IKEA inspires hilarious soap opera

Posted Monday, August 14, 2017 4:38:03 AM
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IKEA inspires hilarious soap opera

Holy Smörboll: A super dramatic soap opera was filmed inside IKEA, and the store apparently had no clue it was being used in such a bold and beautiful way.

We're fairly certain there's not a couple in history that has survived a trip to IKEA without some kind of spat. And that may be the reason why the popular Swedish furniture store didn't notice when a soap opera was filmed inside their Burbank, California, location; with a bevy of squabbles constantly happening between the Billy bookshelves and Malm beds, who's to notice a couple of scripted soap scenes in the mix? And that's how IKEA Heights was born.

The super soapy web series was put together by Paul Bartunek, David Seger, Delbert Shoopman, Spencer Strauss, and Tom Kauffman back in 2009 and features actors Randall Park, Whitney Avalon, and Matt Braunger acting out soap spoof scenes to perfection. The plots involve a sexually humiliated leading man and his amnesiac brother, a slutty wife who's constantly messing up the sheets in the bedding department, a murder-by-smothering in the pillow department (obviously), and a cop stationed at the office furnishings department.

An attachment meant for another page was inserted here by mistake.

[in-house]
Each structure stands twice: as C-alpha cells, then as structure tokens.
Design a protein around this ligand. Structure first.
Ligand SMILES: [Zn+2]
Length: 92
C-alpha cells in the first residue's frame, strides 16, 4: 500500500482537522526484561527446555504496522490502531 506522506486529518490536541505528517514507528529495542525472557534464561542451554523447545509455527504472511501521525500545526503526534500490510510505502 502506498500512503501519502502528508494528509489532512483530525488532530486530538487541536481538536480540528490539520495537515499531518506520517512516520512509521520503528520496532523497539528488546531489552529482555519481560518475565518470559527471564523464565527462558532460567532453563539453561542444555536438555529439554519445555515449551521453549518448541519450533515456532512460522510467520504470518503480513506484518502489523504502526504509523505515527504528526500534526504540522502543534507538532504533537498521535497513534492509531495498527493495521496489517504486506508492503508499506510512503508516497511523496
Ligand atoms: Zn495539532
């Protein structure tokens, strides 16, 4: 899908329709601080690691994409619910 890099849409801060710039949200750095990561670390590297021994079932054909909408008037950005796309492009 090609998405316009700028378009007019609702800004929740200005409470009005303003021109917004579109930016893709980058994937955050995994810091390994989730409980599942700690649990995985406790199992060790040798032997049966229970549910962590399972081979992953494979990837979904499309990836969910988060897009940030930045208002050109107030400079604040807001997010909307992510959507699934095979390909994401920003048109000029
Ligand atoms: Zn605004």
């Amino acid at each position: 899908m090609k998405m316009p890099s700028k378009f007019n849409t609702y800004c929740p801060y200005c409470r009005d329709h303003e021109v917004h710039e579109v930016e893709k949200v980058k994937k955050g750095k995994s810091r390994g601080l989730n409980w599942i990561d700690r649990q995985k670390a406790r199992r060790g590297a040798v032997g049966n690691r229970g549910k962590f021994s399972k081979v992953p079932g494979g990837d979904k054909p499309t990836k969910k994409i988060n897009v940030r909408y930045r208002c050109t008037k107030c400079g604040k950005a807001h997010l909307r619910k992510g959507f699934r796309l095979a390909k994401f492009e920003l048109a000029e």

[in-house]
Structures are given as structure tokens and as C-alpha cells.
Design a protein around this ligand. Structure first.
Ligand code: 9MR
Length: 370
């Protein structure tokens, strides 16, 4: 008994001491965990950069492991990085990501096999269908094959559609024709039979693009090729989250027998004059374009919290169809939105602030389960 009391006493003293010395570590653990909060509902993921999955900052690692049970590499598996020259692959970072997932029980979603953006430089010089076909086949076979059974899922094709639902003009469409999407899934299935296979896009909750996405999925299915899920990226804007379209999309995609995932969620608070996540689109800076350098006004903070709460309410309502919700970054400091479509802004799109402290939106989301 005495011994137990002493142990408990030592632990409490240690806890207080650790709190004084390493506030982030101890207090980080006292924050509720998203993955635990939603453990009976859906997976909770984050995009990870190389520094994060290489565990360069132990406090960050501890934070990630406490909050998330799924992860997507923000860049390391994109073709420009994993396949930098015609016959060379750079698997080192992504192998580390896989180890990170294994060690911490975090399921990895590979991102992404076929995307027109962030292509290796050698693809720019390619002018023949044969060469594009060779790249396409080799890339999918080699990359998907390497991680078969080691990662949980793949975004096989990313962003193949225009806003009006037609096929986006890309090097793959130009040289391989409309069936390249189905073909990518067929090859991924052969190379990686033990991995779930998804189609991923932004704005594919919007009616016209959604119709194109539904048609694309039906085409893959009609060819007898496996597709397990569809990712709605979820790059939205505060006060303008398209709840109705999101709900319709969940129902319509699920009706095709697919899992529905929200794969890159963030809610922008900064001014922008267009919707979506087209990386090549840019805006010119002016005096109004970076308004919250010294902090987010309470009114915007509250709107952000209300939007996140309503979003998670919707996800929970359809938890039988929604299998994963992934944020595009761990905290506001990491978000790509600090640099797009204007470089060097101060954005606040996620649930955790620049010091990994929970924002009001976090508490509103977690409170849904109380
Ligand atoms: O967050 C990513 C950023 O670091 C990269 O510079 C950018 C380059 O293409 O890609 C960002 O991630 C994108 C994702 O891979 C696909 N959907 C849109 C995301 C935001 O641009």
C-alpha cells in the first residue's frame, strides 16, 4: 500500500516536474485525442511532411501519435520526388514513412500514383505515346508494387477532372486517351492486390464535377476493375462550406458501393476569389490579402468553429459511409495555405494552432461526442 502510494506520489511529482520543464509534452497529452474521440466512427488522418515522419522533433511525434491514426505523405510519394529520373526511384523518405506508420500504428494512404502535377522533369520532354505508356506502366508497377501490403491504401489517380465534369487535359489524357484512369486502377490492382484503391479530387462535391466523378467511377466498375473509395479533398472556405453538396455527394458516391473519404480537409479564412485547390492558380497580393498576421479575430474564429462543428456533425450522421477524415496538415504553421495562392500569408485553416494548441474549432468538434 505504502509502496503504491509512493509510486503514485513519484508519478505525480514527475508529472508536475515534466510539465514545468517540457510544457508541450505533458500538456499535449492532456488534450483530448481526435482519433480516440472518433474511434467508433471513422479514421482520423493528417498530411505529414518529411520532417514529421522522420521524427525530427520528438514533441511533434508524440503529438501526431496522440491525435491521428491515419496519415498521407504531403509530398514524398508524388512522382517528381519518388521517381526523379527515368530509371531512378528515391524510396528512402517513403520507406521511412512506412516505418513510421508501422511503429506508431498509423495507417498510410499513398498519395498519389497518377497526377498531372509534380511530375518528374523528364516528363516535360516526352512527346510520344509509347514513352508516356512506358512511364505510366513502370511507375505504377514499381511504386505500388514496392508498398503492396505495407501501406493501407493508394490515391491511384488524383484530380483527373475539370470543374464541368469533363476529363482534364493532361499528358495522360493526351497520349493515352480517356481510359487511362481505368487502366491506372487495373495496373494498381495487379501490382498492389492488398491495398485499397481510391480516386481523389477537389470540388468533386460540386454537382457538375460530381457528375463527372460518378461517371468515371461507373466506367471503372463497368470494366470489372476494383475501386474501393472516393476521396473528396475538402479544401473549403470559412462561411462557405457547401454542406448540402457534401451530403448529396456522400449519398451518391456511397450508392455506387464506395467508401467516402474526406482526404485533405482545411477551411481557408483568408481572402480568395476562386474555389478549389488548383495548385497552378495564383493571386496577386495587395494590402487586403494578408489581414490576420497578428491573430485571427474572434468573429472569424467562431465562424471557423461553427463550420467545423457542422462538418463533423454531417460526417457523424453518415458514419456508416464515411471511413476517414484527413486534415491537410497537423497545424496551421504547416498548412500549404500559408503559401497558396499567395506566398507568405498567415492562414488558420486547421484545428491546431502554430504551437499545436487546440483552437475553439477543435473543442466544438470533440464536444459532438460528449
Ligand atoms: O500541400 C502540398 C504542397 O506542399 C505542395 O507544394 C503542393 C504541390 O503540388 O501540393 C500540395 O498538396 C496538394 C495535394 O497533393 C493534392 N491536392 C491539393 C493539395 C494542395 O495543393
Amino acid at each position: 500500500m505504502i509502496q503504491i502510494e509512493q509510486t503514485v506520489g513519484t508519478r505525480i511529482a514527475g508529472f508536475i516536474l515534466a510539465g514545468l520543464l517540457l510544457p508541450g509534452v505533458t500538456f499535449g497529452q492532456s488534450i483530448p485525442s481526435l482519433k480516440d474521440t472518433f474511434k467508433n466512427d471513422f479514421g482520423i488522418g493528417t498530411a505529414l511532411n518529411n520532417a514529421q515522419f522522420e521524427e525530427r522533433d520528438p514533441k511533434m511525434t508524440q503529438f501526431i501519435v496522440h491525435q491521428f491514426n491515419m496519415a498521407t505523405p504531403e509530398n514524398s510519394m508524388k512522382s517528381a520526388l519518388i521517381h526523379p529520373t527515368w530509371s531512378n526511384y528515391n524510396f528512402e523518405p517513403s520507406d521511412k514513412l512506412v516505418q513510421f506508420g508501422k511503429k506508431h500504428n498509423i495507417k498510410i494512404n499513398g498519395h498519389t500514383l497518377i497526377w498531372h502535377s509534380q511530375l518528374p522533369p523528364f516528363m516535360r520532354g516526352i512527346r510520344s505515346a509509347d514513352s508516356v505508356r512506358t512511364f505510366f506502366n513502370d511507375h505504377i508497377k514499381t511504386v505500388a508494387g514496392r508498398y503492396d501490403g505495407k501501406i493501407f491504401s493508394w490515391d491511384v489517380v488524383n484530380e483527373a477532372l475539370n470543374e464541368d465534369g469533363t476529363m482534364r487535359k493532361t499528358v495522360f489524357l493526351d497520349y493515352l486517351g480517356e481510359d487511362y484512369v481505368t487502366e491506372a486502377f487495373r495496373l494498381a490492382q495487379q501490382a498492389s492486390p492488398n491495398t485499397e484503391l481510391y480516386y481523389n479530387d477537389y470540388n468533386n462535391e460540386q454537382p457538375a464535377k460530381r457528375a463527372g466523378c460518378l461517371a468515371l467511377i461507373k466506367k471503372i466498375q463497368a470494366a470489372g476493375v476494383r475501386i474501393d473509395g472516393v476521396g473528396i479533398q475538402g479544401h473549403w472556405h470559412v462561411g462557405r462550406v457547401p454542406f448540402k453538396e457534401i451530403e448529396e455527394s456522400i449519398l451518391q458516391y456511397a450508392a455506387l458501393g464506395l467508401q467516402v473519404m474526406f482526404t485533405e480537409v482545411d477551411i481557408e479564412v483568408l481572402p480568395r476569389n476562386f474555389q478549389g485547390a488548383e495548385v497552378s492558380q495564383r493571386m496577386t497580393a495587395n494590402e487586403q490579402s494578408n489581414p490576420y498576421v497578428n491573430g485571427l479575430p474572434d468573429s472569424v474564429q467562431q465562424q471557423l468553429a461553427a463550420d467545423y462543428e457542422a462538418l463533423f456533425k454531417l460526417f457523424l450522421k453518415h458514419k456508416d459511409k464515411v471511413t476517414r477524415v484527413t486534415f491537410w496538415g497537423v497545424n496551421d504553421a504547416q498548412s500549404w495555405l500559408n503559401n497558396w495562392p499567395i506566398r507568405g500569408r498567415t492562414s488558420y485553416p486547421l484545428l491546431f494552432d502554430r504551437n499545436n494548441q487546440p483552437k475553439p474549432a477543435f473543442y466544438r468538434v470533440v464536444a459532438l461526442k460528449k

The dramatic happenings in IKEA Heights were an instant success with entertainment critics and Internet crawlers, but the store itself gave mixed reviews.

Said Madeleine Löwenborg-Frick, a spokesperson for IKEA's Canadian branch: "We think it's funny. We see the humor in it and we approach our own marketing with a similar tongue-in-cheek humor. But unauthorized filming in our stores isn't a good thing. There are proper channels that people who want to film in our stores can go through."

But, as Seger points out, permission pretty much always ruins virality, meaning guerilla filmmaking is often essential.

"Every web job I've ever had, they've said, 'Okay, let's manufacture a viral video,'" he says. "But you can't do it because so many elements of luck and charm go into making something that doesn't feel like you're selling something."

Check out the first episode of IKEA Heights below and let us know what you think of the series and the way it was made. There's no word on whether the producers had to use any of those funny little wrenches to put the series together.

Did you enjoy watching IKEA Heights? What do you think about the way the soap spoof was made? We want to hear from you -- so drop your comments in the Comments section below, tweet about it on Twitter, share it on Facebook, or chat about it on our Message Boards.

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